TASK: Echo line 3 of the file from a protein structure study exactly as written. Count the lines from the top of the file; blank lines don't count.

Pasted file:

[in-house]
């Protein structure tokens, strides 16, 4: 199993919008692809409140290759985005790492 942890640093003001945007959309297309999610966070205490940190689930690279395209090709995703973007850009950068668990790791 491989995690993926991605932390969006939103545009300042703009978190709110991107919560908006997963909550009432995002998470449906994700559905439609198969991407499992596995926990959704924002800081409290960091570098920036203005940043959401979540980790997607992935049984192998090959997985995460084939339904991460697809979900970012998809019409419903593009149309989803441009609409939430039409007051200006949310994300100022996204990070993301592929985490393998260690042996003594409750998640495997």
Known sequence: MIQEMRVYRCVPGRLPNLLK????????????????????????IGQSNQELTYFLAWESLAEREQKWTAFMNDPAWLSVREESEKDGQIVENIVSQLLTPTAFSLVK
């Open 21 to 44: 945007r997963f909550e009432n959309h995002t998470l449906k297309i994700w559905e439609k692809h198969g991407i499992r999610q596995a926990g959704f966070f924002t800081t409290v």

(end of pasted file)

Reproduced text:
Known sequence: MIQEMRVYRCVPGRLPNLLK????????????????????????IGQSNQELTYFLAWESLAEREQKWTAFMNDPAWLSVREESEKDGQIVENIVSQLLTPTAFSLVK